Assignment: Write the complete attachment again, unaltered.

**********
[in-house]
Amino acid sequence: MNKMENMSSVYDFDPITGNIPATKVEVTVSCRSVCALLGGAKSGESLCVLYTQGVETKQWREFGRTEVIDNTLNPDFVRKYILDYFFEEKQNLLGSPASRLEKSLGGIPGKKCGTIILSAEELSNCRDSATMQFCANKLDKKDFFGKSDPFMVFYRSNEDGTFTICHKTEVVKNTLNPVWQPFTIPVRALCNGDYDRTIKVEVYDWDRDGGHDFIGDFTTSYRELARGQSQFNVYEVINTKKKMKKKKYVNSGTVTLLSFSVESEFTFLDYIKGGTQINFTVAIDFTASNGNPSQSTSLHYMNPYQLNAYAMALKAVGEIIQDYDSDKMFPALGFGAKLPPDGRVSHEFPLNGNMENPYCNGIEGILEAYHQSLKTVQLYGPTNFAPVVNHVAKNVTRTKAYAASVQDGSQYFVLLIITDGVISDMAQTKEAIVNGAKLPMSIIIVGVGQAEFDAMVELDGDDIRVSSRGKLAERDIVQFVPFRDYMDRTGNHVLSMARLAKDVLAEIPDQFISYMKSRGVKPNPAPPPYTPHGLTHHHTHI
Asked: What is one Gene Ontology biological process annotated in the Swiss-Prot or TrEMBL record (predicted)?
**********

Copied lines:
[in-house]
Amino acid sequence: MNKMENMSSVYDFDPITGNIPATKVEVTVSCRSVCALLGGAKSGESLCVLYTQGVETKQWREFGRTEVIDNTLNPDFVRKYILDYFFEEKQNLLGSPASRLEKSLGGIPGKKCGTIILSAEELSNCRDSATMQFCANKLDKKDFFGKSDPFMVFYRSNEDGTFTICHKTEVVKNTLNPVWQPFTIPVRALCNGDYDRTIKVEVYDWDRDGGHDFIGDFTTSYRELARGQSQFNVYEVINTKKKMKKKKYVNSGTVTLLSFSVESEFTFLDYIKGGTQINFTVAIDFTASNGNPSQSTSLHYMNPYQLNAYAMALKAVGEIIQDYDSDKMFPALGFGAKLPPDGRVSHEFPLNGNMENPYCNGIEGILEAYHQSLKTVQLYGPTNFAPVVNHVAKNVTRTKAYAASVQDGSQYFVLLIITDGVISDMAQTKEAIVNGAKLPMSIIIVGVGQAEFDAMVELDGDDIRVSSRGKLAERDIVQFVPFRDYMDRTGNHVLSMARLAKDVLAEIPDQFISYMKSRGVKPNPAPPPYTPHGLTHHHTHI
Asked: What is one Gene Ontology biological process annotated in the Swiss-Prot or TrEMBL record (predicted)?